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Review: Cats (2019)

I still don’t know what the fuck a Jellicle cat is supposed to be.

I’m not going to lie to you. The main reason I wanted to see Cats (2019) was to see if the final product was as nightmare-inducing as the now infamous trailer had made it out to be. Admittedly the CGI doesn’t seem QUITE as horrendous as the trailer made it seem, but that doesn’t change the fact that watching this movie was still an experience that’s sure to haunt me for the rest of my days. As someone who was completely unfamiliar with the context of Cats, I was completely confused and bewildered going in. After having now been fully immersed in its terrifying world, I’m even more confused and bewildered. Probably more so than any other movie I’ve seen this year. And I was one of the five people who saw Serenity (2019). By the way, you can check out my review for that movie here.

Screen Shot 2019-12-19 at 9.30.59 PM
Credit: / Universal Pictures

Based on Andrew Lloyd Webber’s stage musical of the same name, Cats follows a group of cats called the Jellicles. Over the course of one night the Jellicles come together to make “the Jellicle choice” and decide which of them will be reborn into a new life.

That’s the best description I can provide because oh wow, was this one confusing mess of a movie. The plot, despite being paper-thin, is a fool’s errand to try and follow. You would think that a plot so basic could be hashed out in a modest hour and 20 minutes, but oh would you be mistaken. Cats insists on dragging on for a glacial two hours, the entirety of which consists of nothing but forgettable musical numbers that introduce each cat, cringeworthy cat puns about as subtle as a bomb going off and graphics that look like a video game that’s still rendering. One of the most egregious things about Cats, of which there are plenty, is that it never bothers to explain anything to its audience. We were well past the hour mark when I had to turn to my friend and go, “I get that they’re singing kitty-cat people, but other than that I have no idea what’s happening.” Just a few of the questions I had included:

  • Why can some cats perform magic?
  • Does that one cat work at a railway station?
  • Does the cat that gets reborn have to be killed first?
  • Why does everyone hate Jennifer Hudson cat?
  • (and most importantly) Am I on drugs?

So, it only took me less than three minutes into the movie to burst out laughing at the terrifying CGI. An unholy combination of cat and human body parts, I couldn’t help but be mesmerized by the utter weirdness unfolding onscreen. As I both laughed and recoiled at the sight of the bizarre cat people, I couldn’t help but wonder if it would have been more successful (AKA less frightening) if the filmmakers had chosen to do practical Broadway-level makeup rather than cheap-looking CGI. I’m also thinking that Cats would have been MUCH more successful had it been made into a live TV musical event rather than a big-budget Hollywood movie. That way we could have kept the phenomenal choreography, one of the few elements of Cats worth purring about, and done without the overly-animated sets and characters. The only “Memory” I’ll have of witnessing this adaptation of Cats is a sour one.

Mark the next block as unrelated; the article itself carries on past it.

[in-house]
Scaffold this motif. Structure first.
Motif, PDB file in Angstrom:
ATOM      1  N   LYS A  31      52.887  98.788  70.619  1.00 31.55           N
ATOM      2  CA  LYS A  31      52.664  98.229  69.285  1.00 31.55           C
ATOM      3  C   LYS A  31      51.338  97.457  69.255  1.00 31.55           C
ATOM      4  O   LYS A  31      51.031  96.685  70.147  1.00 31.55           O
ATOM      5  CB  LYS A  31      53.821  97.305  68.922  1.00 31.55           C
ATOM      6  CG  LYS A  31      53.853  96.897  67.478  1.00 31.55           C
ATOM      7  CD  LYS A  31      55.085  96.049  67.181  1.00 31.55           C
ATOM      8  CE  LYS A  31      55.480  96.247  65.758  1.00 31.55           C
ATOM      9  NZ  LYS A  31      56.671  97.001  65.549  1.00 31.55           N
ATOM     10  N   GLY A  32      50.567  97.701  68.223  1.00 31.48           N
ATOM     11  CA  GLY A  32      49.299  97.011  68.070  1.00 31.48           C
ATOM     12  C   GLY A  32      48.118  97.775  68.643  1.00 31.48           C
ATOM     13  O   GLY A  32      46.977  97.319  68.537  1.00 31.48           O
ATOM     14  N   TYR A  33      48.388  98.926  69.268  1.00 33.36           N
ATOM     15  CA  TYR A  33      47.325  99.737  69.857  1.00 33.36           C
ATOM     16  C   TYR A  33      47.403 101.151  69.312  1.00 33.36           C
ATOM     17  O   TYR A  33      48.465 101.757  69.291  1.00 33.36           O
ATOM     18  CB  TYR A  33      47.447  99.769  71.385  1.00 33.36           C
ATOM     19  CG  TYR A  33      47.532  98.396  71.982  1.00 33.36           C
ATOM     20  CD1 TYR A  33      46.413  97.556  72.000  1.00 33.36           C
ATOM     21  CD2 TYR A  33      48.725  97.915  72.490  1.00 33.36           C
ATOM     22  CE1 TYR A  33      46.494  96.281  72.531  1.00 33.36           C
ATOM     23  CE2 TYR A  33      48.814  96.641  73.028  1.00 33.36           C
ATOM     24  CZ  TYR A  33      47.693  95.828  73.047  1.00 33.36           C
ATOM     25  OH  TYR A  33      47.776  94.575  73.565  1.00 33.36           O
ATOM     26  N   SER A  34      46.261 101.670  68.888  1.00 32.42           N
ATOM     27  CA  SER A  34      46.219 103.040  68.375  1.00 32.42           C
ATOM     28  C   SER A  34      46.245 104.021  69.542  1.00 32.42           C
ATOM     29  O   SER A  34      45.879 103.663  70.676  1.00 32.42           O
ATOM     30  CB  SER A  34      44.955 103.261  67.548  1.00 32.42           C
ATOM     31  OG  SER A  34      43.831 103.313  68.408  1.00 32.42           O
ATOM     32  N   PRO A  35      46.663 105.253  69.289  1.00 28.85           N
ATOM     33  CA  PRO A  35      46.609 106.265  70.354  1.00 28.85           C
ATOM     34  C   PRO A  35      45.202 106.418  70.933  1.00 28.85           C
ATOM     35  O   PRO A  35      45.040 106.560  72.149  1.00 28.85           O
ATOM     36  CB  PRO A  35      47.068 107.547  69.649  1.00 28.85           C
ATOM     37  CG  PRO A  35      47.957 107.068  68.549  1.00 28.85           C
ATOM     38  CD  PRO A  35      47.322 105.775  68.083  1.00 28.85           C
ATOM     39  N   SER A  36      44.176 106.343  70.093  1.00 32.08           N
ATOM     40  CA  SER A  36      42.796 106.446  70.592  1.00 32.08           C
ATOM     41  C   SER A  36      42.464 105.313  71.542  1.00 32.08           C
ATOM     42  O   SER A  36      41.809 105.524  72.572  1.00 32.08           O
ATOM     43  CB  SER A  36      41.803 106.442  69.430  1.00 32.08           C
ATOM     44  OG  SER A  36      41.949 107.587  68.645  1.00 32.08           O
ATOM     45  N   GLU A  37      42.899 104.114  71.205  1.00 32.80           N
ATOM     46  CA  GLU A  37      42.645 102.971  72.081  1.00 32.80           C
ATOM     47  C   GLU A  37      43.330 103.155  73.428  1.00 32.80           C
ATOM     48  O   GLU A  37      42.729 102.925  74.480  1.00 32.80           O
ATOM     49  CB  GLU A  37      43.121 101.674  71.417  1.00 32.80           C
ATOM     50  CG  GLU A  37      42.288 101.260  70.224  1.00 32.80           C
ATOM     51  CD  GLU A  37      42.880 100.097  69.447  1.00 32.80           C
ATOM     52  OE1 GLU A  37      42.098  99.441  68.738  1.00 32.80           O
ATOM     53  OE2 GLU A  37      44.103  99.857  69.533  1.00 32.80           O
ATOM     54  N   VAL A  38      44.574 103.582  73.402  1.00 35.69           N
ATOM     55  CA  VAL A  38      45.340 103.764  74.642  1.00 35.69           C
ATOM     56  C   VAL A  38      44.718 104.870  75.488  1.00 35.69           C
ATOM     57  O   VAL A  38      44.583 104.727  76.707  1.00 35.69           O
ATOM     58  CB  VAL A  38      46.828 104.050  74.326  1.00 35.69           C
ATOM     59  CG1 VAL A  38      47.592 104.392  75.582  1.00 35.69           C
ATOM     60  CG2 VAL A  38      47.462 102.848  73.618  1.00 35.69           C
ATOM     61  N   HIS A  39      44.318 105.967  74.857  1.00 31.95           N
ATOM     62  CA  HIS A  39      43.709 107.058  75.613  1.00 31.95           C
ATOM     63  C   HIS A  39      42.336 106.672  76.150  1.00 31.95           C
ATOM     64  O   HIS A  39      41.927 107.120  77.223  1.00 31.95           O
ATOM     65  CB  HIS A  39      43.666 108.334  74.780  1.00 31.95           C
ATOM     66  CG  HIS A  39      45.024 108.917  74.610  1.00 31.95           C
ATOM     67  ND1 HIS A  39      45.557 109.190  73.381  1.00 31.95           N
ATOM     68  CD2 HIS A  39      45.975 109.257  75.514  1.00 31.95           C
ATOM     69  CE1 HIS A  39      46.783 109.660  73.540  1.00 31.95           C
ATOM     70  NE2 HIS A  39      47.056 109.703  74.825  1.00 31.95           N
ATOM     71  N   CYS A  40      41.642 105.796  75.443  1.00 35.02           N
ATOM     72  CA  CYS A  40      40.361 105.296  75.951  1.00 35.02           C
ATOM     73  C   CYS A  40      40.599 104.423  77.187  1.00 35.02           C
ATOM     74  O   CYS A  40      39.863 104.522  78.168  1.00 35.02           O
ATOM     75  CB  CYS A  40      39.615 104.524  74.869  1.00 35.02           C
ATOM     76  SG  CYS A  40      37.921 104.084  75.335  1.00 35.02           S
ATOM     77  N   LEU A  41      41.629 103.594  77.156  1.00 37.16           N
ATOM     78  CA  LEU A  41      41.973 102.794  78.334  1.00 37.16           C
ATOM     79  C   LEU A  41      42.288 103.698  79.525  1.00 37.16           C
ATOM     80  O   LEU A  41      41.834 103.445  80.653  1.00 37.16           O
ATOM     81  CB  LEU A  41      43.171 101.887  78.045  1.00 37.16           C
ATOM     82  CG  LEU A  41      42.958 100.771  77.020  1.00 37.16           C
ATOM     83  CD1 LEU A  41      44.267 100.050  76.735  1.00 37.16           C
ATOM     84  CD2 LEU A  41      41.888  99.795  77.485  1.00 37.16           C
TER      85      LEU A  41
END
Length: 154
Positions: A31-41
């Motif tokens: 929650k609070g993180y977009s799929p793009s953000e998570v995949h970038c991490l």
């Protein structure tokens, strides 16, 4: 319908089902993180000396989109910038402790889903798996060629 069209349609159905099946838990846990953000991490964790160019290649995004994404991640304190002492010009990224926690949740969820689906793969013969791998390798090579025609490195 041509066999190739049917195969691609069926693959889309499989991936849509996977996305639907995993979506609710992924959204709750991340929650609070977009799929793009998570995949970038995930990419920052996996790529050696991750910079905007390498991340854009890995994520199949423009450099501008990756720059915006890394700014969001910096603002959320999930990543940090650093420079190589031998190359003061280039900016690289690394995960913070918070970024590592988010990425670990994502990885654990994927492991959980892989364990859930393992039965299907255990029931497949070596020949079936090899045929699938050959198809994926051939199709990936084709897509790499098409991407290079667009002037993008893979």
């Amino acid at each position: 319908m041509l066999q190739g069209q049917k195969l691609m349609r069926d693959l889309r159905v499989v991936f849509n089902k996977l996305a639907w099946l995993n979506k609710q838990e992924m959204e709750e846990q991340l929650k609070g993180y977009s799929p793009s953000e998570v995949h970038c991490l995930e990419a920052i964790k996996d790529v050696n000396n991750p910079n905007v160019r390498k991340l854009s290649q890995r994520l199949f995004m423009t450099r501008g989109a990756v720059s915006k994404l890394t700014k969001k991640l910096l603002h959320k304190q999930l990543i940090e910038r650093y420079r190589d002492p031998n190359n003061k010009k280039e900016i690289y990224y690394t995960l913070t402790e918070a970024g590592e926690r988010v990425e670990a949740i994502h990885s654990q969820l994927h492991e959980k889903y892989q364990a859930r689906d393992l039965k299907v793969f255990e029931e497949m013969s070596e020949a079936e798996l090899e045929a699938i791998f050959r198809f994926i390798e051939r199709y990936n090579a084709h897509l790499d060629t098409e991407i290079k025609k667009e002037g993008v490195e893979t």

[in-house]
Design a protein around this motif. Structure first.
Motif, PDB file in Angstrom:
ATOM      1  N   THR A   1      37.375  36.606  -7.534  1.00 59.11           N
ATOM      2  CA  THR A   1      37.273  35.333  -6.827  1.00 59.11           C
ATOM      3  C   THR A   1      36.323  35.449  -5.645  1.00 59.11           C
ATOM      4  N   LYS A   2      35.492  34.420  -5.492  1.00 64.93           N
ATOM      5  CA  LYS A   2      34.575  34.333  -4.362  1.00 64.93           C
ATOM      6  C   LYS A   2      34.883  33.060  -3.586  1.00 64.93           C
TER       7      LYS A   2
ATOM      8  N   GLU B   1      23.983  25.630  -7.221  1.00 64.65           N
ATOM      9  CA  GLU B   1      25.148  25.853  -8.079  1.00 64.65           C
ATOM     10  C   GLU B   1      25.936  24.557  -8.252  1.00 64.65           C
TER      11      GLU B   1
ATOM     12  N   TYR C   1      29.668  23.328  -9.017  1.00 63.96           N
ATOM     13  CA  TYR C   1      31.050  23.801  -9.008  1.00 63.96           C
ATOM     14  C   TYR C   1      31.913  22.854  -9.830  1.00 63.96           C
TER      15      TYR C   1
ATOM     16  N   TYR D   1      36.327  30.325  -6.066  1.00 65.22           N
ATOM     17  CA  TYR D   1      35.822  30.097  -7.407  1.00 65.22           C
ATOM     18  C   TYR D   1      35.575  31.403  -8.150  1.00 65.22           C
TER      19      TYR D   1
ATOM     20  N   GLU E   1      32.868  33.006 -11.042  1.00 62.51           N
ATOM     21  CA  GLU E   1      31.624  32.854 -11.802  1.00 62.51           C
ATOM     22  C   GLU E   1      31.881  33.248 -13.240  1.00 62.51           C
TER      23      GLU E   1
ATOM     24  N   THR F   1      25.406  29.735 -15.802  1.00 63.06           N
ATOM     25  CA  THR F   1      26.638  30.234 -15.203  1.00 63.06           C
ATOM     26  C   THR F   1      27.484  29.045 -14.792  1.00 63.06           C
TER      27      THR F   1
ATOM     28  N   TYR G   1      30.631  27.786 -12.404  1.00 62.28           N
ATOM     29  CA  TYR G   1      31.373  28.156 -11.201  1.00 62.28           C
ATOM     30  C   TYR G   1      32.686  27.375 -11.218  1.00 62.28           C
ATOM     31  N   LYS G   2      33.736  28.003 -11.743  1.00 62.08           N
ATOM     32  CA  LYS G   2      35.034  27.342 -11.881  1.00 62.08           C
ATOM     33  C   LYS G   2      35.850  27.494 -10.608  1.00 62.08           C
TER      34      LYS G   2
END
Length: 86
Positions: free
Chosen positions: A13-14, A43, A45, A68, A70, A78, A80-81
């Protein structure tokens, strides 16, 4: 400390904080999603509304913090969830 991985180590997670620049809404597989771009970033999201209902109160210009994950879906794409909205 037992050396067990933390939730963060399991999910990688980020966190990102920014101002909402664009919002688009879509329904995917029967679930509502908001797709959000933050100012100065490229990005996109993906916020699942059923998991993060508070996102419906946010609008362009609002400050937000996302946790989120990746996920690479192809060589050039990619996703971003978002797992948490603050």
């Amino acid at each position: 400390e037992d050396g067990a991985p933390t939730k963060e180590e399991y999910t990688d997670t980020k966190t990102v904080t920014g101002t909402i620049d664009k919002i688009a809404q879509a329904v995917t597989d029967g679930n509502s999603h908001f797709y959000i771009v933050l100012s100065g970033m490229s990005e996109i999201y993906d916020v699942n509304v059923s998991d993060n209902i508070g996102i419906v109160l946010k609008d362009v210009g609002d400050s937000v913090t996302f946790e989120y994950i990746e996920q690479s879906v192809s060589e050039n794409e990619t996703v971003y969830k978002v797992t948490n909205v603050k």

One of the most perplexing things about Cats is its all-star cast. It’s a mix of everyone from legendary actors like Judi Dench and Ian McKellen, comedic dynamos like Rebel Wilson and James Corden and even musicians like Taylor Swift and Jason Derulo. Siednote, who would have thought that the best part of this movie would be Derulo? Sure, he’s doing much more singing and dancing than actual acting, but as Rum Tug Tugger he’s easily the most fun part of the movie. Derulo’s next acting project is playing Ronald Isley in an upcoming biopic and I couldn’t be more thrilled! Derulo possesses a wonderful charm and talent in both his vocals and dance moves that honestly, we’ve been sleeping on. I’m ready for much more Derulo in 2020.

I’m also ready for Jennifer Hudson to release more music. That’s the main thing I got from her performance as Grizabella. Hearing Hudson perform the movie’s signature song, “Memory,” is absolutely as breathtaking as you’d expect it to be. It was a religious experience that everyone should witness. You know what not a single person needs to witness though? Corden throwing up a furball and using it as a weapon. Yeah, disgusting. That moment was as painful to watch as was every time one of the actors, with their extremely human faces, attempted a threatening feline hiss.

Though fans of the stage show may appreciate it, it’s safe to say that Cats is not a movie that most people are going to enjoy. I hate to make such a broad statement, but the truth is that any small amount of good will Cats earns, it squanders by the sheer absurdity of the story. McKellen and Idris Elba are giving solid performances and even Taylor Swift’s brief musical number is one of the few standouts, but these fleeting moments are overshadowed by just how unwatchable the movie is as a whole. More than the horrible CGI or forgettable songs, what really makes Cats unwatchable is that it never gets you to care about the story or the characters. The whole thing comes off as incredibly inconsequential and you’re left asking yourself, “what did any of that mean?”

Not traditionally bad and not, “so bad it’s good,” Cats is a movie in a league all its own. It’s purr-fectly polarizing. Though I recommend giving it a skip, if you’re still curious as a cat and want to take your chances on this visual oddity, I offer you nine lives worth of good luck. Seriously, no one should have to see the horrors that I’ve seen.

Will you see Cats?

Let me know in the comments or on social media!

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